Costs of Conflict in the Middle East
Since 1991 the cost of war to people living in the Middle East is estimated to have been $12 trillion.
Costs of Conflict in the Middle East is the title of a report released earlier this year by the Strategic Foresight Institute in Mumbai, India. The report was assembled out of a discussion process in which people from different countries and different professions came together for at least three conference sessions in different parts of the world to conceive and pull together the report.
Unlike Joseph Stiglitz's report on the costs of the Iraqi war to the US which showed that the direct and indirect costs of the war would easily be some 50 times more than the $60 billion Bush, Rumsfield and Wolfowitz told Congress and Americans it would be back in 2003, this report attempts to pull together the costs for the Iraqis, in the context of all the other conflicts wracking that part of the world. The Institute's total estimate of the cost of war and conflict damage since the starting point of 1991 they chose (First Gulf War) is $12 trillion, (about $40,000 per American) and can be compared with US GNP of a bit more than $13 trillion, or US per capita income in 2007 of around $37,000.
This youtube video presents a graphical summary of the report. A write-up of the work-shop in Switzerland in 2008 out of which the report was produced can be found here. The summary includes a list of participants with their origins. It is noteworthy that none of the "major players" (US, Russia, China, etc.) were represented in these discussions, which were organized by the Swiss, Norwegians, Turks and Qataris. The Mumbai Institute does maintain links with US and other institutions. The Institute's main focus prior to the Iraq War and the Global War on Terror was the conflicts between Pakistan and India and ethnic conflict in Sri Lanka. Their interests, personnel and activities can be found at this site.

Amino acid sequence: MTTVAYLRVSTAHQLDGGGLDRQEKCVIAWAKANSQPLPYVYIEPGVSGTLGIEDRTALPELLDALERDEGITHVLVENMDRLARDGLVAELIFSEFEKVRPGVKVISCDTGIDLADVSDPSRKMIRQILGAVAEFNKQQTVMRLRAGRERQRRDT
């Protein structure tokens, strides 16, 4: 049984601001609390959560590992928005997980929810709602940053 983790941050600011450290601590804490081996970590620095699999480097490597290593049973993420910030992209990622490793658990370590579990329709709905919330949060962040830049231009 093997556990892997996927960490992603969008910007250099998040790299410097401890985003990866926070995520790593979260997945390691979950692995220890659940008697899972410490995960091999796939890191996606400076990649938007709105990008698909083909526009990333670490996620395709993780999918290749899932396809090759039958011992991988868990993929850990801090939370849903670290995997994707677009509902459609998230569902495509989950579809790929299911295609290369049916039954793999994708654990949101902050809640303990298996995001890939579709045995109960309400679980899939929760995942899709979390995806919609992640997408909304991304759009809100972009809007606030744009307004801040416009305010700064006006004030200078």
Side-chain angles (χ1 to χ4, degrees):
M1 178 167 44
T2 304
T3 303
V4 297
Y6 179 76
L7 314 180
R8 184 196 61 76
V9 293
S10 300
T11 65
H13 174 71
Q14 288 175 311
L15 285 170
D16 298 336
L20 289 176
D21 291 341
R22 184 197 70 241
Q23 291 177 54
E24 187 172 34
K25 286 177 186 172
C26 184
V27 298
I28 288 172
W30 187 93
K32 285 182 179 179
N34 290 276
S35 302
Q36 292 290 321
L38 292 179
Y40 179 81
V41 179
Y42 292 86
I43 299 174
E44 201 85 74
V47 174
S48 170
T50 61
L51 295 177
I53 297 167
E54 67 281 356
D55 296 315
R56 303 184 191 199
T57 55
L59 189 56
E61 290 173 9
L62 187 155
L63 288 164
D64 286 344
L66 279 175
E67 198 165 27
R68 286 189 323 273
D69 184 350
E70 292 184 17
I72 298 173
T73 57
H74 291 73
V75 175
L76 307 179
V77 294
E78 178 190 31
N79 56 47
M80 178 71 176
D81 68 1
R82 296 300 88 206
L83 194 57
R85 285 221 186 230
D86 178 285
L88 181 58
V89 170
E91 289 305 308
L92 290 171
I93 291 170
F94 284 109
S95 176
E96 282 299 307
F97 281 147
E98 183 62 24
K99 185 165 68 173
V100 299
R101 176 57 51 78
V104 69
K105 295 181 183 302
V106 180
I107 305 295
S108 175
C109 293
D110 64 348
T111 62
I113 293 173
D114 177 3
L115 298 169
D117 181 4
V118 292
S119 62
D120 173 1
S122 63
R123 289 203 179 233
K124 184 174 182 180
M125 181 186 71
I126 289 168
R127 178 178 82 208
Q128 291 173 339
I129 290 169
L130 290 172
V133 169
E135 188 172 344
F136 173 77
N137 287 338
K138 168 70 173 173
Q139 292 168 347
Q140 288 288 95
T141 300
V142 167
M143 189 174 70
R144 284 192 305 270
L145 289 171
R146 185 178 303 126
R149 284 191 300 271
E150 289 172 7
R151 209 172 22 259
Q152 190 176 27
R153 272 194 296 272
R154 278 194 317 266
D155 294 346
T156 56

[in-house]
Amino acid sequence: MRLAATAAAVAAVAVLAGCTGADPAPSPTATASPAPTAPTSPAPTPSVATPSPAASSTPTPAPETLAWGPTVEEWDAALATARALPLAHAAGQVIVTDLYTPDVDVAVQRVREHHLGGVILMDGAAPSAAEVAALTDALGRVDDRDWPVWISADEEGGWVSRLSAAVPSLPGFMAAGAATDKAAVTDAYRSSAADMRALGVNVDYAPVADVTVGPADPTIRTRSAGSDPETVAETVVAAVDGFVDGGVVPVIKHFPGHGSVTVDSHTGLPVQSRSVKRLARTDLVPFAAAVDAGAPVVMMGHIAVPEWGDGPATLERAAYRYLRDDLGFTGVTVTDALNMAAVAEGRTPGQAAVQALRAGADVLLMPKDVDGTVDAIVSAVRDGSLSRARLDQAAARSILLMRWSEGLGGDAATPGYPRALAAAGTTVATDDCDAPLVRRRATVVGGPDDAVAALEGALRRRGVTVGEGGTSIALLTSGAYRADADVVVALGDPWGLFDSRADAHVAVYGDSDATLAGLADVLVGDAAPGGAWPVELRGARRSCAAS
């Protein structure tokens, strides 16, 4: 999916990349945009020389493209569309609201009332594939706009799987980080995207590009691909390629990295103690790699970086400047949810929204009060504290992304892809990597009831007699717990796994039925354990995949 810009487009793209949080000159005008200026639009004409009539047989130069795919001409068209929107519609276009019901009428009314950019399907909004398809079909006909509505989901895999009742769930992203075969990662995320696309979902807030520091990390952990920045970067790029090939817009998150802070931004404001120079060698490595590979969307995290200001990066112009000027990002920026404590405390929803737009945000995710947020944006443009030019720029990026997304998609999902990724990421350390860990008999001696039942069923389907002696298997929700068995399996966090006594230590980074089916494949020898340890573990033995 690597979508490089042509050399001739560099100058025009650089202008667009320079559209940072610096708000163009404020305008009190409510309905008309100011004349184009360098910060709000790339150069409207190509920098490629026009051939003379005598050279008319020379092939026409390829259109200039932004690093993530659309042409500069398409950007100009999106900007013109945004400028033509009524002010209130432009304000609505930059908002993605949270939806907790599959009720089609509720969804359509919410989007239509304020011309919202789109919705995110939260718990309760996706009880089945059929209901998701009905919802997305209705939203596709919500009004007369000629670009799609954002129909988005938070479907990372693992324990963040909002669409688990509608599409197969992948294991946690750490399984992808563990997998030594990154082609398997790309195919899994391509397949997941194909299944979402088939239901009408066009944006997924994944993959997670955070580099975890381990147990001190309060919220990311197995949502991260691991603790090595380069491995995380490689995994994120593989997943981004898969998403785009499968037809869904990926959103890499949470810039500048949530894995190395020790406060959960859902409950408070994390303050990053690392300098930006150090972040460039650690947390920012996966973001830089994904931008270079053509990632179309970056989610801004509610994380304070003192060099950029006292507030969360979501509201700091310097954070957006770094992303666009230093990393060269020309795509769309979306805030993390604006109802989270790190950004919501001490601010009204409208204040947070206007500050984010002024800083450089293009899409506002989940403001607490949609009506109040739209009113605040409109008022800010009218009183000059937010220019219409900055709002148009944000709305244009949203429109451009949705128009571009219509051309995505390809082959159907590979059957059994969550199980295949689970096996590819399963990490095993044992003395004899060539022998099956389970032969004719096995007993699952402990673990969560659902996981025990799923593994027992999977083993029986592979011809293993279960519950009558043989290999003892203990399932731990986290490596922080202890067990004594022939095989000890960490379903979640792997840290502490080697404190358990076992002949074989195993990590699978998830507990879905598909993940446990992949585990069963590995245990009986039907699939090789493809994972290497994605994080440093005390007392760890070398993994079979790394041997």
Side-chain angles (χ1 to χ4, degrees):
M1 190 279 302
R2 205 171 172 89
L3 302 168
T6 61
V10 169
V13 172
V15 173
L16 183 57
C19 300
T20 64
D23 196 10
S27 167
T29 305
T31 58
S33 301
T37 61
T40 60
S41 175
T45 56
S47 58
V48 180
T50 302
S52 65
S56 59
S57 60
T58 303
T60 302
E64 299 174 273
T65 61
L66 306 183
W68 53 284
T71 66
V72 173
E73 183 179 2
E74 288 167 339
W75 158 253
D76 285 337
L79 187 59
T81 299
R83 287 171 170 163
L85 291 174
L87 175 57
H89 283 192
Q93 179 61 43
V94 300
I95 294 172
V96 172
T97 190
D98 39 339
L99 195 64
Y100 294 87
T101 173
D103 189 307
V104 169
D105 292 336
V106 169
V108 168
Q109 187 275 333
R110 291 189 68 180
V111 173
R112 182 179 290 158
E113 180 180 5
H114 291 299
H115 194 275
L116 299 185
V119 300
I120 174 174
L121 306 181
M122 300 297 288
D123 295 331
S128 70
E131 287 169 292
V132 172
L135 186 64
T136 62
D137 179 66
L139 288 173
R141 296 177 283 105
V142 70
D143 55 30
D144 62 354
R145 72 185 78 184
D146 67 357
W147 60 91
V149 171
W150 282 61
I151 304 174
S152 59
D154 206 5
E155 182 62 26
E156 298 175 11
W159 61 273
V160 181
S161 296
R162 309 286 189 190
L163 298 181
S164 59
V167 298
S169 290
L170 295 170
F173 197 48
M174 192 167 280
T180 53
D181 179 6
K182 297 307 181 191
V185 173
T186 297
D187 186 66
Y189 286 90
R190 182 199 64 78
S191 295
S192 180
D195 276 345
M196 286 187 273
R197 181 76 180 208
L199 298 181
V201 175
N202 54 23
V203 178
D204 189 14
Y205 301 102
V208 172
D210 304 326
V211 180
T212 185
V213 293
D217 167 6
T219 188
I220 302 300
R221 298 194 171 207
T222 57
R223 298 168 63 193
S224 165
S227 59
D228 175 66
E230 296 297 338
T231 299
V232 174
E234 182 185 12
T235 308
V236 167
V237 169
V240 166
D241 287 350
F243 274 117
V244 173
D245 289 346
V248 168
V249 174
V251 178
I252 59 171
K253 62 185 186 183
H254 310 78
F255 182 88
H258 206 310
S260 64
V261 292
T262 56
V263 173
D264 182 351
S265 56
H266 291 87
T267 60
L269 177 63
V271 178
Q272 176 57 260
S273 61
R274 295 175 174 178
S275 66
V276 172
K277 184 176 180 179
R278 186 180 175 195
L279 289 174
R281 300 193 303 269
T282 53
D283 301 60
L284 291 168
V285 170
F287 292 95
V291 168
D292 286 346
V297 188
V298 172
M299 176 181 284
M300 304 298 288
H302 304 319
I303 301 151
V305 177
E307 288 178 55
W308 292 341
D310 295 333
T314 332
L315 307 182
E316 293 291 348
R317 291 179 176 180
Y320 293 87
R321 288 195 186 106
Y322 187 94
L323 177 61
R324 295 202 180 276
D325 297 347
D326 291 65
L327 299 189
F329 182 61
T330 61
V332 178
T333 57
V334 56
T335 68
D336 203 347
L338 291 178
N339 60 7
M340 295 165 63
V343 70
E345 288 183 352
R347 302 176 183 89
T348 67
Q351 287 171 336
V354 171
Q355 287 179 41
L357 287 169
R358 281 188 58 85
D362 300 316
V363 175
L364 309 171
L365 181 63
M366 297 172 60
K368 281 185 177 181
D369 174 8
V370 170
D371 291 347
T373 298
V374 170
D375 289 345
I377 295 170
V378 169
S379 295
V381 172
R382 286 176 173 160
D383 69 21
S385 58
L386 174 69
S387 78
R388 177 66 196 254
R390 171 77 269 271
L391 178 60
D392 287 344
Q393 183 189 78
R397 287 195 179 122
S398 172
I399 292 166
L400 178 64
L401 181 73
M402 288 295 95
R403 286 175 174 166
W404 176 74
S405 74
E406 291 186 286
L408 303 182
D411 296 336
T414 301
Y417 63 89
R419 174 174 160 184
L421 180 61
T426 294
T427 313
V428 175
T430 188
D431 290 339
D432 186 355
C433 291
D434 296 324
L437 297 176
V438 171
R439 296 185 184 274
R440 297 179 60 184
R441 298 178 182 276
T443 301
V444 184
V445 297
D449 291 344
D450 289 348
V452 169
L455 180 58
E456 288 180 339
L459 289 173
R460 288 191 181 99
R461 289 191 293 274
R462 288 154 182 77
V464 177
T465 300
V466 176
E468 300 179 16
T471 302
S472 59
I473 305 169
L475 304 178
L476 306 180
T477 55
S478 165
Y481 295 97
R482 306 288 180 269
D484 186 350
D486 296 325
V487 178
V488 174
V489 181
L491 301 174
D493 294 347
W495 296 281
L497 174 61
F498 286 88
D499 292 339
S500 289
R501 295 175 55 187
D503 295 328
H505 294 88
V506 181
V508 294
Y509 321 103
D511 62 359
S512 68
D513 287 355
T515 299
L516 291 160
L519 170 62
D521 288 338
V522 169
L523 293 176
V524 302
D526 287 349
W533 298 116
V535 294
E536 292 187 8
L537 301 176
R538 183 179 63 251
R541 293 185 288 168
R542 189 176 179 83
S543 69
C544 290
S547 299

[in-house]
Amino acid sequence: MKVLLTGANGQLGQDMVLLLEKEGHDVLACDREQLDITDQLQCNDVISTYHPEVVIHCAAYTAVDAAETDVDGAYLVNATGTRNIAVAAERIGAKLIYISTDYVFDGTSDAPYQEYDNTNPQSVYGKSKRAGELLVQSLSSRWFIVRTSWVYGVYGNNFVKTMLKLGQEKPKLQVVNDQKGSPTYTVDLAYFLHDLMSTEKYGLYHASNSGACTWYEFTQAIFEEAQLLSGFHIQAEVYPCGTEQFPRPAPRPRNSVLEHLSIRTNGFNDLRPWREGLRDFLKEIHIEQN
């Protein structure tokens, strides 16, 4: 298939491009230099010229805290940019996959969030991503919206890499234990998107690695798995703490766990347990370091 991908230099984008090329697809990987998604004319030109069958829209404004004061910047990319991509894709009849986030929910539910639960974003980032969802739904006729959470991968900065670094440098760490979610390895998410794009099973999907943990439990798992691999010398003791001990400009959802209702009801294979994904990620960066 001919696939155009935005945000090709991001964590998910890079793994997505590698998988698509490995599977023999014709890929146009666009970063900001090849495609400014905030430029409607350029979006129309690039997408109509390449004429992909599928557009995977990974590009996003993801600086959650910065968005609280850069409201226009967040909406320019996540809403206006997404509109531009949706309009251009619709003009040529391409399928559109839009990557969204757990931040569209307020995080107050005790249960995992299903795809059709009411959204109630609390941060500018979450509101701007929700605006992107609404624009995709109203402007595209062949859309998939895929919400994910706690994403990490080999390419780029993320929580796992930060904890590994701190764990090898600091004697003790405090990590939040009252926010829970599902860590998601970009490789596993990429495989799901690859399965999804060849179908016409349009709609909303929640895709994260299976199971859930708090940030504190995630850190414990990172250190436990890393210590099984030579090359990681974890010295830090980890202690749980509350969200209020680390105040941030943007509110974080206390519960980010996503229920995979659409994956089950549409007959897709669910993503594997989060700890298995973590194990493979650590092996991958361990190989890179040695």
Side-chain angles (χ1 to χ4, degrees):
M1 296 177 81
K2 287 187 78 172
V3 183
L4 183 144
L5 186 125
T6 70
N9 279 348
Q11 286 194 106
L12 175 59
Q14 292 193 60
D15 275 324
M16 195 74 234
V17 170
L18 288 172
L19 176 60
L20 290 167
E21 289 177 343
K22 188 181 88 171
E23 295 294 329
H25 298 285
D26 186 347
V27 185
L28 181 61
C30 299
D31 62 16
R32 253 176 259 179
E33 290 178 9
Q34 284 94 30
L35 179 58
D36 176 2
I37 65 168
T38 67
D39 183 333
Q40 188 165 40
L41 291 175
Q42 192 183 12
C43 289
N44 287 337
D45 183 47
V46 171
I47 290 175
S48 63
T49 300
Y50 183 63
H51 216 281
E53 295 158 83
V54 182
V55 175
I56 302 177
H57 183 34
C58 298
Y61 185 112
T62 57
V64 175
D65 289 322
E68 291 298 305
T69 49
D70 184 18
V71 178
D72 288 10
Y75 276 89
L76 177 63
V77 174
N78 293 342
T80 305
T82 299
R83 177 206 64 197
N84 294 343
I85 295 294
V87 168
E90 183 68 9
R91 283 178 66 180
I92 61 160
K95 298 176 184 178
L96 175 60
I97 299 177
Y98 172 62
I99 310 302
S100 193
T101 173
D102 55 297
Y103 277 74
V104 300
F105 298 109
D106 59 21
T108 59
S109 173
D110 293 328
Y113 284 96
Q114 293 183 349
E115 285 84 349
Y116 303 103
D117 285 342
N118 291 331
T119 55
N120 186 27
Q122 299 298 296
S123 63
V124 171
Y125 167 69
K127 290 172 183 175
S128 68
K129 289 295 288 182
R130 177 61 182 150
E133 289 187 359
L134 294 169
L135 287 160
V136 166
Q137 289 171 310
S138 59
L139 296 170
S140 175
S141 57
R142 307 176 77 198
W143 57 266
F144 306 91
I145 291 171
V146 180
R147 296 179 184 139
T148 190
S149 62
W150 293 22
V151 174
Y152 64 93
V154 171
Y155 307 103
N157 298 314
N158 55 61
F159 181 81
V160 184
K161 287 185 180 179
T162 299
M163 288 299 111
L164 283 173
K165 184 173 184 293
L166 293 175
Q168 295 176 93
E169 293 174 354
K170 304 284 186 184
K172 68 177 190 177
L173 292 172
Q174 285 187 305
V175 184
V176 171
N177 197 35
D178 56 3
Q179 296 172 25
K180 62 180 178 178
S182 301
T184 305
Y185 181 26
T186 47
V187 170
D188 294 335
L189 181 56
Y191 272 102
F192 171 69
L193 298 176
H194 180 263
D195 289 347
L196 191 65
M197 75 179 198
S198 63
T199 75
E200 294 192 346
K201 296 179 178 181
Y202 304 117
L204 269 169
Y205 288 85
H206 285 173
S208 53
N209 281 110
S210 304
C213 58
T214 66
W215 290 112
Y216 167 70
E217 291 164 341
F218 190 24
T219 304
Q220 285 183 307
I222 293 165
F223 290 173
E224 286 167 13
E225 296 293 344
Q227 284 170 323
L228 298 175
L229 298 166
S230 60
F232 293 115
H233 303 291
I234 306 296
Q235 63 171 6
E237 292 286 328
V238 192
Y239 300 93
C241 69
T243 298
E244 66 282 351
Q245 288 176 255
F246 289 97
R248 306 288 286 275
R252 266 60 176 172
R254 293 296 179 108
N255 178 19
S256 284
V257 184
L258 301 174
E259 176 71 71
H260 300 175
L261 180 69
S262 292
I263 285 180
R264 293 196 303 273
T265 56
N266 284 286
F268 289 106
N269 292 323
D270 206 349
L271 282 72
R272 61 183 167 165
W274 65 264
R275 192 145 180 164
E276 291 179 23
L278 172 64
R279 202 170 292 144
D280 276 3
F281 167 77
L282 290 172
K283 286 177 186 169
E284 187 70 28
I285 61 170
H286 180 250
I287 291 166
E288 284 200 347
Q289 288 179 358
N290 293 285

The video summary has been linked to about 800 times, testifying no doubt to the lack of circulation of the report. Since the Bush administration used torture to prepare its case for going to war in Iraq, and this summary identifies some of the principal consequences of that committment, it seems only right to seek a broader circulation for both the summary and report within the United States. It is not only the torture per se which ought to be punished, but also the crimes on behalf of which the torture was performed, such as crimes against peace (war of aggression) and crimes against humanity, under which heading comes torture and what has been done to civilians.
These kinds of estimates are needed if justice is to be done, for the evil which followed from these crimes needs to be made good, and those who have suffered made whole. This report from India seems to contribute to that purpose, not just by trying to account for the costs of what has been done, but also by attempting to outline choices for different paths forward.